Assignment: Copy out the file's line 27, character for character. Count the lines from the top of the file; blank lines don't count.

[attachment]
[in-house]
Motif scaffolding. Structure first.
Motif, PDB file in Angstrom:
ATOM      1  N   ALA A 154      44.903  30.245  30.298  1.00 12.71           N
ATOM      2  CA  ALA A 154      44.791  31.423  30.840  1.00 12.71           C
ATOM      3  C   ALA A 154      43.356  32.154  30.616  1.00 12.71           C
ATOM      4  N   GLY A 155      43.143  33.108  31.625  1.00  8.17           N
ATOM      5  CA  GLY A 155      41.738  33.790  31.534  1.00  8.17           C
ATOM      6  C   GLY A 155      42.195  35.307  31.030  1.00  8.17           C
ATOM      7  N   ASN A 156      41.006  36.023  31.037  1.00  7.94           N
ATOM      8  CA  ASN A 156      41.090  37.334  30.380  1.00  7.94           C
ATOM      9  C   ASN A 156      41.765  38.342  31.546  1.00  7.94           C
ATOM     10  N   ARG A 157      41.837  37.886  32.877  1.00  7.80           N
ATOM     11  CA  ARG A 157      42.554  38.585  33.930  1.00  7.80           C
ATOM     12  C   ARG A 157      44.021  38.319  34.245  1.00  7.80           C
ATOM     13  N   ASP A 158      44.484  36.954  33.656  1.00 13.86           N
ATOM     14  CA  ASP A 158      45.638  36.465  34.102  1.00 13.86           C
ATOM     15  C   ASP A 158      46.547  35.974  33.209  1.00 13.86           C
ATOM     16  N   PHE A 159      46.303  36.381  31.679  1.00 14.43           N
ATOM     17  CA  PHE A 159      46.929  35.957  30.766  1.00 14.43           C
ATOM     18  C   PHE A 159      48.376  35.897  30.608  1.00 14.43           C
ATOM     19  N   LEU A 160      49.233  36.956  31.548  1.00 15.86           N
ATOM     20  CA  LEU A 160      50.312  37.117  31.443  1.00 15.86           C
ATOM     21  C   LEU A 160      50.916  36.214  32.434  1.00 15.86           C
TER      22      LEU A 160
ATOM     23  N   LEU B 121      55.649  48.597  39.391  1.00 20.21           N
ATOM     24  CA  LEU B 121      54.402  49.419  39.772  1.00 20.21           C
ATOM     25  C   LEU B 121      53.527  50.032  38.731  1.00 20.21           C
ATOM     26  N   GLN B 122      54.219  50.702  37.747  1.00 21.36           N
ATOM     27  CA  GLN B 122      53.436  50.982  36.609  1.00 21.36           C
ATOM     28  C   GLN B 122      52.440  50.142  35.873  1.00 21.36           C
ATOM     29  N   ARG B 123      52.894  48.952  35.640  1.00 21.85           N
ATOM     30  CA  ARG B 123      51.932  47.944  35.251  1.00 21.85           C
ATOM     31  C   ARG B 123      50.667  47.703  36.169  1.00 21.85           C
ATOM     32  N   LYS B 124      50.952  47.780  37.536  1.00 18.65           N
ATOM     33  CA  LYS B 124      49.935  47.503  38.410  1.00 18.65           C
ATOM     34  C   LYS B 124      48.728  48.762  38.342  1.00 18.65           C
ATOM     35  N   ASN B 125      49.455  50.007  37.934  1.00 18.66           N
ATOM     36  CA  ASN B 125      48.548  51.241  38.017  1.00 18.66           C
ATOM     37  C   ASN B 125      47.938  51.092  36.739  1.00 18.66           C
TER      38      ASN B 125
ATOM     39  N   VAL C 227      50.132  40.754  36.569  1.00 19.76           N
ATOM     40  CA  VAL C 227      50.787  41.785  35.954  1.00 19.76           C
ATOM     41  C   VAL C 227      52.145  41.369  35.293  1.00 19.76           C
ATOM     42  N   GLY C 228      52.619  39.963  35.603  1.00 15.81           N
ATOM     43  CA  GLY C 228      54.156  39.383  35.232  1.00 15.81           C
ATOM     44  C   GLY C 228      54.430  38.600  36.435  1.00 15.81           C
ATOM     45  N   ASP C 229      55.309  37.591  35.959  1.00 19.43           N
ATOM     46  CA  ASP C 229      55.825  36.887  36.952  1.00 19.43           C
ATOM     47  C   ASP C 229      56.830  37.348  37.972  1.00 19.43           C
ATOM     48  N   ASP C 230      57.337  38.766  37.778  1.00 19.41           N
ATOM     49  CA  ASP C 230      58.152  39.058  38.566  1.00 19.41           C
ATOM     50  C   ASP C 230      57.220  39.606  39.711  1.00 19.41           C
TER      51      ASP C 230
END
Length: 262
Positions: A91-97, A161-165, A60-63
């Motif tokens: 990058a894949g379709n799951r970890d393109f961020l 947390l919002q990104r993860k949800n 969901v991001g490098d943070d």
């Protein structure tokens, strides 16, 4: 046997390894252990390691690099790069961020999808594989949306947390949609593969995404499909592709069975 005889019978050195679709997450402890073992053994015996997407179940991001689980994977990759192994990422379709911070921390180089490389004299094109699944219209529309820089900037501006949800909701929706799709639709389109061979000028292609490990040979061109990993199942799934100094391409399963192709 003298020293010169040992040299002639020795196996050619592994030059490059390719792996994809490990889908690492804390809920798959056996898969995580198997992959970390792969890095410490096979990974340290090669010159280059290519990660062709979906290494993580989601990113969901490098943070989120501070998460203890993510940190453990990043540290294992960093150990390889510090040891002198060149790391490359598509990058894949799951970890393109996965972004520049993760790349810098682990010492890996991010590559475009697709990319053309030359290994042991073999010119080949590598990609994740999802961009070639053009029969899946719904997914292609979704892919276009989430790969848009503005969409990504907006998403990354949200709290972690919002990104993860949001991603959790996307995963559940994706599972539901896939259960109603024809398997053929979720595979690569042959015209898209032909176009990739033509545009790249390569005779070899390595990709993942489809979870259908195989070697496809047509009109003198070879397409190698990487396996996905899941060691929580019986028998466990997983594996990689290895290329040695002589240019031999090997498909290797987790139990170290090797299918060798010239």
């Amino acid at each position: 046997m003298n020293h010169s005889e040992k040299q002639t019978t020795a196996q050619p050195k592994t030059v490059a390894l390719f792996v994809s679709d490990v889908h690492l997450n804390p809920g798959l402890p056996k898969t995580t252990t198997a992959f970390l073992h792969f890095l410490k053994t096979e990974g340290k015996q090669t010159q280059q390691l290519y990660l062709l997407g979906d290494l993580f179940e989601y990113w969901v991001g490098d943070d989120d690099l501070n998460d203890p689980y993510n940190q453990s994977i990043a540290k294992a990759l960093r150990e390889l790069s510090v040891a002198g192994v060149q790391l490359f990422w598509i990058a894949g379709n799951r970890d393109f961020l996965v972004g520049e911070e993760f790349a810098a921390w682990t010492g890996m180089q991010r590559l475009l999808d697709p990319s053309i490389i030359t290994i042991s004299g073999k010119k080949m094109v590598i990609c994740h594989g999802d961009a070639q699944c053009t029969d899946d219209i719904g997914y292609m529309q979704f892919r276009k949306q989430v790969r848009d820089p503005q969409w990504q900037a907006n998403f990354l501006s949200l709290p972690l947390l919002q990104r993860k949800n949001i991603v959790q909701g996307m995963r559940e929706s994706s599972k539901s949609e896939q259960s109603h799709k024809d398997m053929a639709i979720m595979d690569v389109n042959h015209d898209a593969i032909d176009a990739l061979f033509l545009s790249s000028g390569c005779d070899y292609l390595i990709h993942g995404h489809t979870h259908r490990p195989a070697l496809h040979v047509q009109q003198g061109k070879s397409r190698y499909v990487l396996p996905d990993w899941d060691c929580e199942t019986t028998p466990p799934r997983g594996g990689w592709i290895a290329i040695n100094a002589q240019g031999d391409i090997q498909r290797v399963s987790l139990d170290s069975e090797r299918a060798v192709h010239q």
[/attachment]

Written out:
ATOM     24  CA  LEU B 121      54.402  49.419  39.772  1.00 20.21           C